Trump’s Truth Social media company ‘propped up in 2022 by Russian-American under criminal investigation’

Trump’s Truth Social media company ‘propped up in 2022 by Russian-American under criminal investigation’

Donald Trump’s Trump Media and Technology Group (TMTG), the parent company behind his Truth Social network that made its Wall Street debut last week, had to be kept afloat in 2022 through a series of emergency loans provided, in part, by a Russian-American businessman under scrutiny as part of a federal investigation into insider trading, according to a report by The Guardian.

The Republican presidential contender’s social media platform was taken public last Thursday after TMTG merged with Digital World Acquisition Corporation and enjoyed a remarkable debut on the Nasdaq exchange with shares trading at a high of $78.

They plunged days later, however, as the company’s extraordinary 2023 losses came to light – leading some to warn that it is the latest example of a volatile “meme stock” offering that has little underlying value.

According to The Guardian, TMTG might never have made it to the merger stage after the Securities and Exchange Commission opened an investigation into the deal in 2021, prompting Mr Trump’s company to chew up cash to keep it alive long enough until it could be cleared to make its stock market bow.

That expense forced the company to seek out emergency loans, two of which, the newspaper reports, were worth $8m in total and came in the form of convertible promissory notes (granting the lender a significant stake in TMTG) from an entity called the ES Family Trust, which opened an account with Paxum Bank registered in Dominica in the Caribbean.

The broadsheet cites leaked documents linking the trust to the Russian-American businessman Anton Postolnikov, co-owner of Paxum Bank and the subject of a criminal investigation by the FBI and the Department of Homeland Security over his role in the TMTG merger.

Paxum Bank does not have a banking licence in the US and is not regulated by the Federal Deposit Insurance Corporation, which is a concern, the newspaper argues, because that would indicate the ES Family Trust had been used by Mr Postolnikov “to loan money to help save Trump Media – and the Truth Social platform – because his bank itself could not furnish the loan”.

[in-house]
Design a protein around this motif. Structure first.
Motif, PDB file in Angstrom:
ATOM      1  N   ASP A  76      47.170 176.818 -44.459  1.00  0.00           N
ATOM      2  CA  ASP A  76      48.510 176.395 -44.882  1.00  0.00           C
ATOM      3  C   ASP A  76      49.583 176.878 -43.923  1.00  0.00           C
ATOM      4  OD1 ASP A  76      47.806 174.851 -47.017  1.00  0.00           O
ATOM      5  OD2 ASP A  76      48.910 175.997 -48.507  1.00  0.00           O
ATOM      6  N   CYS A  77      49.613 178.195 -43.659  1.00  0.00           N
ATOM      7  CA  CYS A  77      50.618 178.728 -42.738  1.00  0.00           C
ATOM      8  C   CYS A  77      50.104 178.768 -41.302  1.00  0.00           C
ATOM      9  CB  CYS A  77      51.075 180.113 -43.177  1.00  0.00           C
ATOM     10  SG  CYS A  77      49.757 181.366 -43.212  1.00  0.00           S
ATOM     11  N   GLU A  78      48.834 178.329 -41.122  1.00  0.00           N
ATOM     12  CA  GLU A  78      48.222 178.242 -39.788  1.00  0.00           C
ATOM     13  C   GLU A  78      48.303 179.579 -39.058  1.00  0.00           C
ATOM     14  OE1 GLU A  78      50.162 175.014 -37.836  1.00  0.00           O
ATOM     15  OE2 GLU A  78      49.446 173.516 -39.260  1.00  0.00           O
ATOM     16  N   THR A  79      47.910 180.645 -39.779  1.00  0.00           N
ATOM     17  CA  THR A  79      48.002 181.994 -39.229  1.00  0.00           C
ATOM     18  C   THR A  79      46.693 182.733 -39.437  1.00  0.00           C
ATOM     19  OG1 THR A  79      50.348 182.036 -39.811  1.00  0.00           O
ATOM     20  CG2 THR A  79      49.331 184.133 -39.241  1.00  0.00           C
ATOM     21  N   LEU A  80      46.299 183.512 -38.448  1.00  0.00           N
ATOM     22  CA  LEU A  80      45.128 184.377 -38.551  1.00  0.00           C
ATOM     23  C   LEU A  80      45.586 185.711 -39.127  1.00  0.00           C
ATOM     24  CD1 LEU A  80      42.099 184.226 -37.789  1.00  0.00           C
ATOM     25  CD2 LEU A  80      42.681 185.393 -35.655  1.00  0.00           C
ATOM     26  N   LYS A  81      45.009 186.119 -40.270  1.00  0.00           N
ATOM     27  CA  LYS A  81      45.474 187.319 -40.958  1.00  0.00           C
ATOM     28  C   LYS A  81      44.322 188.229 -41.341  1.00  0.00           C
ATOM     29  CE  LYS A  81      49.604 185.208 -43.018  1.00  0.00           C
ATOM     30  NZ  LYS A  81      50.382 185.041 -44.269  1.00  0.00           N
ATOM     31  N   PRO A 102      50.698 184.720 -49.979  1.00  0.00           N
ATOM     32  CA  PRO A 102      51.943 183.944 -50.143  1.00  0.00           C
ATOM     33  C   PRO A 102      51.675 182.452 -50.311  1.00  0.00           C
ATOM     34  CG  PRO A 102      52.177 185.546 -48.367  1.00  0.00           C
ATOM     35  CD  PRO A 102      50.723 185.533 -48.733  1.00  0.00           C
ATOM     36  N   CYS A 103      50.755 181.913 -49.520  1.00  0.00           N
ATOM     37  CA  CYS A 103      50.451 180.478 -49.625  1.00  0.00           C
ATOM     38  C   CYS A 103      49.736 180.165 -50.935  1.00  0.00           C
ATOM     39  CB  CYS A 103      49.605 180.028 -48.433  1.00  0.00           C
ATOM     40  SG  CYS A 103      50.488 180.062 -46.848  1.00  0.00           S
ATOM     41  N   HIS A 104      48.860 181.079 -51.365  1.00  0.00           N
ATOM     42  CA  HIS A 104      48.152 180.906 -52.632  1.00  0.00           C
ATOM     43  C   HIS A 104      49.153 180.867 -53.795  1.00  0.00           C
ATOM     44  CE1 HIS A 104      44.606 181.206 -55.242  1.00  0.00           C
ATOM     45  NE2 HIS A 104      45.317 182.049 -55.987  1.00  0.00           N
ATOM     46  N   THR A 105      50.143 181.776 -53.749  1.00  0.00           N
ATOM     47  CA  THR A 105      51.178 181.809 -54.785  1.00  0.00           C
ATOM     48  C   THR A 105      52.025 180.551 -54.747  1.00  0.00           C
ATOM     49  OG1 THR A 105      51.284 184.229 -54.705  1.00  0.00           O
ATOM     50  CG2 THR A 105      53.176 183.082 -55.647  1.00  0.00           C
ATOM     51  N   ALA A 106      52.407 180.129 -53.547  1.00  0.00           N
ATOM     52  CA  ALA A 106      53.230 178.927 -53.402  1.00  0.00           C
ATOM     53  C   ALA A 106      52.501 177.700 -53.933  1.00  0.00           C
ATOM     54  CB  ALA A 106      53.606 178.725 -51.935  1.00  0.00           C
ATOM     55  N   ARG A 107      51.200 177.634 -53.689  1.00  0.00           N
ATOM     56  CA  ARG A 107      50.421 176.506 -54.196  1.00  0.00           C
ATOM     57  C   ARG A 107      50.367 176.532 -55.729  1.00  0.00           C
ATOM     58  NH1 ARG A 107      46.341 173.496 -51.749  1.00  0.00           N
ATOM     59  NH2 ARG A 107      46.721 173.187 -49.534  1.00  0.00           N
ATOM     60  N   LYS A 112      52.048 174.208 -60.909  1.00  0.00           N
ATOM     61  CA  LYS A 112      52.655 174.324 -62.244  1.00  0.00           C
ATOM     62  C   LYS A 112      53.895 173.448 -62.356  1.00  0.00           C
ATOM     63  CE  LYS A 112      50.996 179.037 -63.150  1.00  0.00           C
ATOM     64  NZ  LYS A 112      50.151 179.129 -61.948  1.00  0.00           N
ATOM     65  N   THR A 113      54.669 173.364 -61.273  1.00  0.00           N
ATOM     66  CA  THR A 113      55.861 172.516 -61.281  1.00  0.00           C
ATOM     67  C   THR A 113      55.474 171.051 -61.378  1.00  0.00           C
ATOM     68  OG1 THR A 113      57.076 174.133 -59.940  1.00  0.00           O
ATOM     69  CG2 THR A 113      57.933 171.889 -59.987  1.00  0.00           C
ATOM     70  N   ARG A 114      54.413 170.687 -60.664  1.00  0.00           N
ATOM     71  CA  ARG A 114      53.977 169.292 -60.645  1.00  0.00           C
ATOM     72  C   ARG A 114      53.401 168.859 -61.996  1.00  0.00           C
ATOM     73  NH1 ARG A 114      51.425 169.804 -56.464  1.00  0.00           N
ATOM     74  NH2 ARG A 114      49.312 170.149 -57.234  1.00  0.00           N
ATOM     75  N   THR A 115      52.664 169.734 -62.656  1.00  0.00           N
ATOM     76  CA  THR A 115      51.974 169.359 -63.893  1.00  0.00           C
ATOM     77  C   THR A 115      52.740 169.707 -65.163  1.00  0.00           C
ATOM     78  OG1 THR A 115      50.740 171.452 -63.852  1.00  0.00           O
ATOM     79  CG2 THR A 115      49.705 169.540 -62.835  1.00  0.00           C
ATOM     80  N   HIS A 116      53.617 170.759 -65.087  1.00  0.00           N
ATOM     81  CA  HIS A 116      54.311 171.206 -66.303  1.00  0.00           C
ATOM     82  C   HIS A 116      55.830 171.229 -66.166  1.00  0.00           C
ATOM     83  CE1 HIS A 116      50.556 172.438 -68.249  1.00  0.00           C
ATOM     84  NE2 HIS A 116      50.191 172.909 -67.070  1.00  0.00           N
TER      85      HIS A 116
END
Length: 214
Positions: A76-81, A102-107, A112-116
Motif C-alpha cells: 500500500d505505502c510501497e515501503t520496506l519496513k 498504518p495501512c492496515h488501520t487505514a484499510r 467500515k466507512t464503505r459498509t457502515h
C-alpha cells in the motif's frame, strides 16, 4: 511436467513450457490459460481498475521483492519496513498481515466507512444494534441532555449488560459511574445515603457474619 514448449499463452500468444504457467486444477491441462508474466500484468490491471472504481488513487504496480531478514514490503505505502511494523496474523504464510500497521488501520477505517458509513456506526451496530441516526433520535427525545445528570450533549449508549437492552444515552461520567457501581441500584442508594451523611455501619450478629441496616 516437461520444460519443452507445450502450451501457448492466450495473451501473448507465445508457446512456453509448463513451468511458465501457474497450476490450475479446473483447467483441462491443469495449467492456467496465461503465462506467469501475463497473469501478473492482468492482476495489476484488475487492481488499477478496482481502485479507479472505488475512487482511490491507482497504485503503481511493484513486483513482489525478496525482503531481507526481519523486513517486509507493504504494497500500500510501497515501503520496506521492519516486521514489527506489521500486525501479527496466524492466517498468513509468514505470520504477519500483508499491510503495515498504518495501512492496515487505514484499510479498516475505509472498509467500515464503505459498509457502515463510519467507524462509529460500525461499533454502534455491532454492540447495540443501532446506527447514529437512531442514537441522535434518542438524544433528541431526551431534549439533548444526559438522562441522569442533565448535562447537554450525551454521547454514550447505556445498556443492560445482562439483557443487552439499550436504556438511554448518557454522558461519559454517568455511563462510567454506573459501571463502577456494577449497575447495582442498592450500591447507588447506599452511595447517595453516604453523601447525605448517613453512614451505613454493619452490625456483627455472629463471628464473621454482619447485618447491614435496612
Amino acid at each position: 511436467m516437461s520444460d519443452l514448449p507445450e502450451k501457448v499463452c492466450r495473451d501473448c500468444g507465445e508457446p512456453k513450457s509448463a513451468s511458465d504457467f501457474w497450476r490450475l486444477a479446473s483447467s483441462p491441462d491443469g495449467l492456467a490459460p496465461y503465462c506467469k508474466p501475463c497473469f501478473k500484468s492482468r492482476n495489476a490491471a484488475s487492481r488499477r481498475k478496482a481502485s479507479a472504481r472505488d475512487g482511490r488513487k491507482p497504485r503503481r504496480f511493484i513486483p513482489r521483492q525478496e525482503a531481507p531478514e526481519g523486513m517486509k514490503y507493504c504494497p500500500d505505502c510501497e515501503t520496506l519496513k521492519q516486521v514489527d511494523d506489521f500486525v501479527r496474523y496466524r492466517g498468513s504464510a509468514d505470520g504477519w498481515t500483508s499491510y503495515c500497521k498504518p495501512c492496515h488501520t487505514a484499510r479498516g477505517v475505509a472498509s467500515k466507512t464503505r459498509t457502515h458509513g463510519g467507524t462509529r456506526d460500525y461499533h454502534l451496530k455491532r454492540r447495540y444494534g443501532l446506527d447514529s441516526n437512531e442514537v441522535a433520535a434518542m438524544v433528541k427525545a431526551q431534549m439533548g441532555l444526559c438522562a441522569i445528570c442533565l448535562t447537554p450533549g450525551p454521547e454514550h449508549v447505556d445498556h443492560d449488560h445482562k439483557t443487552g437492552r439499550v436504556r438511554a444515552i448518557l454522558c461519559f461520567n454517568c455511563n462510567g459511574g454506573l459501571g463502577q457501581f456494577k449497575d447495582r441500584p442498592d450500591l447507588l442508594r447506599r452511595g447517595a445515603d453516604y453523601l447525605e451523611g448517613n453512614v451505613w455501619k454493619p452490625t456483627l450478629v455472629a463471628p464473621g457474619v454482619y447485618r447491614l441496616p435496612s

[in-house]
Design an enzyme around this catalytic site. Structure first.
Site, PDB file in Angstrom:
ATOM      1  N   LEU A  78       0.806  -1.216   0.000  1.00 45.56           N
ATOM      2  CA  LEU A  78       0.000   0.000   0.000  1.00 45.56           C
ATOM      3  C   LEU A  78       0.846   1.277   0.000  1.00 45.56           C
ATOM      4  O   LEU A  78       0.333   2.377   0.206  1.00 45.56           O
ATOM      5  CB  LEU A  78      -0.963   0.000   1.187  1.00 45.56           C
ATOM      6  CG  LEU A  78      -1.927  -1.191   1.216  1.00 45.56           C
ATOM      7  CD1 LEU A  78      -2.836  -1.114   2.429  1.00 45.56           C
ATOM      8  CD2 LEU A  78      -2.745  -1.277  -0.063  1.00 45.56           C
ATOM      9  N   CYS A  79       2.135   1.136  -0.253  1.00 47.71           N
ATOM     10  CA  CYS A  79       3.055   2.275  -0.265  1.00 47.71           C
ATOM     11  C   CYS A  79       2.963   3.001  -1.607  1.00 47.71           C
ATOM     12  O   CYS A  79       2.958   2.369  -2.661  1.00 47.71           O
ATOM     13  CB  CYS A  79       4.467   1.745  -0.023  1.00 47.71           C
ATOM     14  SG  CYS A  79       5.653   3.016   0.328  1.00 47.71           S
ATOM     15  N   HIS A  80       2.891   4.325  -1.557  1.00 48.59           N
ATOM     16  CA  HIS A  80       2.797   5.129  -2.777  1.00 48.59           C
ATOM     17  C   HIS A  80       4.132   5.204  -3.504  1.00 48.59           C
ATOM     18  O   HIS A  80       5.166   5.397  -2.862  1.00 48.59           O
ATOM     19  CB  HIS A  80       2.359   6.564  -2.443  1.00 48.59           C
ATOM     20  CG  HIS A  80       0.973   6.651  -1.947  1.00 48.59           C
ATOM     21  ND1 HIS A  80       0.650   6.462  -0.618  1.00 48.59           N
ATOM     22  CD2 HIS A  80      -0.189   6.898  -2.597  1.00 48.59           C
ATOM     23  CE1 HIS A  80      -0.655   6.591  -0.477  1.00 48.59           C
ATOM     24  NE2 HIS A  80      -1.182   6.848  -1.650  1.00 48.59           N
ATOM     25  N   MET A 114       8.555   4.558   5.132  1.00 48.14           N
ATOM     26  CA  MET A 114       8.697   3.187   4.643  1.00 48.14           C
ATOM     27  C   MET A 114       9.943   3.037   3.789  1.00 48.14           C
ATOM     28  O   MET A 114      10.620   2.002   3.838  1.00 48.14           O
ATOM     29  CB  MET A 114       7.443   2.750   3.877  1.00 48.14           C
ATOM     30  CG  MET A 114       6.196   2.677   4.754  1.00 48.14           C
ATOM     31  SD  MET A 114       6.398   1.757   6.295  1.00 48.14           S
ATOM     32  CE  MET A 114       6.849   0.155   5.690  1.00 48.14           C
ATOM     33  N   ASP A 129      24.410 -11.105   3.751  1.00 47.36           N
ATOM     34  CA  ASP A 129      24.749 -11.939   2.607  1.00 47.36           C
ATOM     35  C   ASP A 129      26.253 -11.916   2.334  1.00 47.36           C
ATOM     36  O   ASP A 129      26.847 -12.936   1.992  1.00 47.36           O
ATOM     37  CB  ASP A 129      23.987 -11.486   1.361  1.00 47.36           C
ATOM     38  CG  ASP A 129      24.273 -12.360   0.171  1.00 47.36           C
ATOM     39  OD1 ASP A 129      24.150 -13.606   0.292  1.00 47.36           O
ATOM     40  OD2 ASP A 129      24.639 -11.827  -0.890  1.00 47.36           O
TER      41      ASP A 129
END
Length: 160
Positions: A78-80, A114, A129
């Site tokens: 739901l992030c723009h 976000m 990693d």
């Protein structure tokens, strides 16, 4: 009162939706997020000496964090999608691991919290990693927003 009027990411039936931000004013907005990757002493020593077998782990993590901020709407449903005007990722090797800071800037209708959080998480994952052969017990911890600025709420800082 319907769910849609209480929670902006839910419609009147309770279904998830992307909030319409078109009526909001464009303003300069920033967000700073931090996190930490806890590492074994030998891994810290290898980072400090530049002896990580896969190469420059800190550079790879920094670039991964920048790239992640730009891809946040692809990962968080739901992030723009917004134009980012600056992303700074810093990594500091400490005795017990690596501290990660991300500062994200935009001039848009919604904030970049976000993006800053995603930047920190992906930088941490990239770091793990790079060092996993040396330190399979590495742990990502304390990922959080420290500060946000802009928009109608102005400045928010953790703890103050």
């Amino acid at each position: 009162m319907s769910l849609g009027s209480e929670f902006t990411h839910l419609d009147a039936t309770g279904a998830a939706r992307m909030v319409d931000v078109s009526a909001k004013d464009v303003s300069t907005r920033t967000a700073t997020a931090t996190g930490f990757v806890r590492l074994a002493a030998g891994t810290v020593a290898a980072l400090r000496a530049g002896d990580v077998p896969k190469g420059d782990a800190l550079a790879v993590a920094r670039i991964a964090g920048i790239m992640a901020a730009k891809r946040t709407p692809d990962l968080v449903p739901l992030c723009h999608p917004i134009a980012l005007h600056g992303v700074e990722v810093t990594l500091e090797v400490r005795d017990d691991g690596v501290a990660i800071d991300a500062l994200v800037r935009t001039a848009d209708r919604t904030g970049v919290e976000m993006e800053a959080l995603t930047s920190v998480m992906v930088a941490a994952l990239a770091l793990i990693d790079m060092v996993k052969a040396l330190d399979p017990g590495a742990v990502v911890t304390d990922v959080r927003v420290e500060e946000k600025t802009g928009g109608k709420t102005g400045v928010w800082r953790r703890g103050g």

Mr Postolnikov has not been charged with a crime but has been listed on recent search warrant affidavits along with several associates, one of whom, Michael Shvartsman, was indicted in March for money laundering and has previously faced insider trading charges relating to Digital World shares, to which he and two co-defendants pleaded guilty.

Neither Mr Trump nor TMTG been accused of any wrongdoing, nor is there any indication that they had any idea about the background to the loans they received.

Shares in TMTG have continued to fluctuate wildly in recent days since the company’s Nasdaq launch, with its stock closing at $51.60 on Tuesday, up 6 per cent on Monday, leaving the company as a whole valued at around $5.9bn.

As it stands, Mr Trump must wait six months before selling off his lucrative interest in TMTG but he may well be tempted to try to make that happen sooner, given the huge legal expenses he is wracking up.

In addition to running for the presidency on the Republican ticket, Mr Trump is fighting four criminal indictments and 88 felony charges in four jurisdictions.

His numerous court cases were reported to have cost him $230,000 a day in legal fees in February and he was also recently forced to place bonds worth $91.6m and $175m to appeal two separate New York civil judgements against him.

It has since emerged that Mr Trump is suing his two TMTG co-founders – Andy Litinsky and Wes Moss, both former contestants on his NBC reality TV show The Apprentice – claiming that they set up the company improperly and should lose their stock in the venture.

Mr Trump’s filing in civil court in Sarasota County, Florida, alleges the duo “spectacularly” mishandled an attempt to take TMGT public several years ago and subsequently attempted to “thwart the deal”, allegedly putting the whole project “on ice” for more than a year and a half.

The Republican further accuses his collaborators of failing “at every turn”, making “wasteful decisions” and causing “significant damage” to TMGT’s prospects.

He is seeking damages after accusing Mr Litinsky, Mr Moss and co-defendant Patrick Orlando of “breaches of fiduciary duty” and is also seeking to bar them from owning shares or appointing any members to the company’s board.